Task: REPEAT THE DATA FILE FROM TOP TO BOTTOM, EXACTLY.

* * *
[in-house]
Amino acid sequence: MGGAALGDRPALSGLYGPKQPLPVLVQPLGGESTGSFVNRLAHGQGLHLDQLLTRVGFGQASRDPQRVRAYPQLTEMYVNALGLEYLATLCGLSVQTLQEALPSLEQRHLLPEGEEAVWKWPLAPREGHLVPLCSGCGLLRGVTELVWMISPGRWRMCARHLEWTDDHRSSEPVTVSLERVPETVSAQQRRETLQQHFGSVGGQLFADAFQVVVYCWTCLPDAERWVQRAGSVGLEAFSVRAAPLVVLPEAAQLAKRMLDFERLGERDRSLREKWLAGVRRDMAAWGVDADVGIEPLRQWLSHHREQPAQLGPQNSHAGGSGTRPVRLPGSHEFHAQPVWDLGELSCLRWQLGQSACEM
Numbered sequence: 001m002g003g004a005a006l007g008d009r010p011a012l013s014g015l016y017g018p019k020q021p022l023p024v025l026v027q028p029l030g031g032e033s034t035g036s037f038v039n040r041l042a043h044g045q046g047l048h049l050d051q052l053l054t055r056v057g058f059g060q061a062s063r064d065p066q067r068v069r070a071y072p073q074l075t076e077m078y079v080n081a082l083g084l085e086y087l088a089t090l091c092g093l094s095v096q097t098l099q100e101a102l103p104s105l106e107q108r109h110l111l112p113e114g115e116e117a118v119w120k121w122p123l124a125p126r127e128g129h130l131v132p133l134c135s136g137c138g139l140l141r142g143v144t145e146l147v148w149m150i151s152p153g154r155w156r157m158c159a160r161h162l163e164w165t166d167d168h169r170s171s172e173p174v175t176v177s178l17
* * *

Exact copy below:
[in-house]
Amino acid sequence: MGGAALGDRPALSGLYGPKQPLPVLVQPLGGESTGSFVNRLAHGQGLHLDQLLTRVGFGQASRDPQRVRAYPQLTEMYVNALGLEYLATLCGLSVQTLQEALPSLEQRHLLPEGEEAVWKWPLAPREGHLVPLCSGCGLLRGVTELVWMISPGRWRMCARHLEWTDDHRSSEPVTVSLERVPETVSAQQRRETLQQHFGSVGGQLFADAFQVVVYCWTCLPDAERWVQRAGSVGLEAFSVRAAPLVVLPEAAQLAKRMLDFERLGERDRSLREKWLAGVRRDMAAWGVDADVGIEPLRQWLSHHREQPAQLGPQNSHAGGSGTRPVRLPGSHEFHAQPVWDLGELSCLRWQLGQSACEM
Numbered sequence: 001m002g003g004a005a006l007g008d009r010p011a012l013s014g015l016y017g018p019k020q021p022l023p024v025l026v027q028p029l030g031g032e033s034t035g036s037f038v039n040r041l042a043h044g045q046g047l048h049l050d051q052l053l054t055r056v057g058f059g060q061a062s063r064d065p066q067r068v069r070a071y072p073q074l075t076e077m078y079v080n081a082l083g084l085e086y087l088a089t090l091c092g093l094s095v096q097t098l099q100e101a102l103p104s105l106e107q108r109h110l111l112p113e114g115e116e117a118v119w120k121w122p123l124a125p126r127e128g129h130l131v132p133l134c135s136g137c138g139l140l141r142g143v144t145e146l147v148w149m150i151s152p153g154r155w156r157m158c159a160r161h162l163e164w165t166d167d168h169r170s171s172e173p174v175t176v177s178l17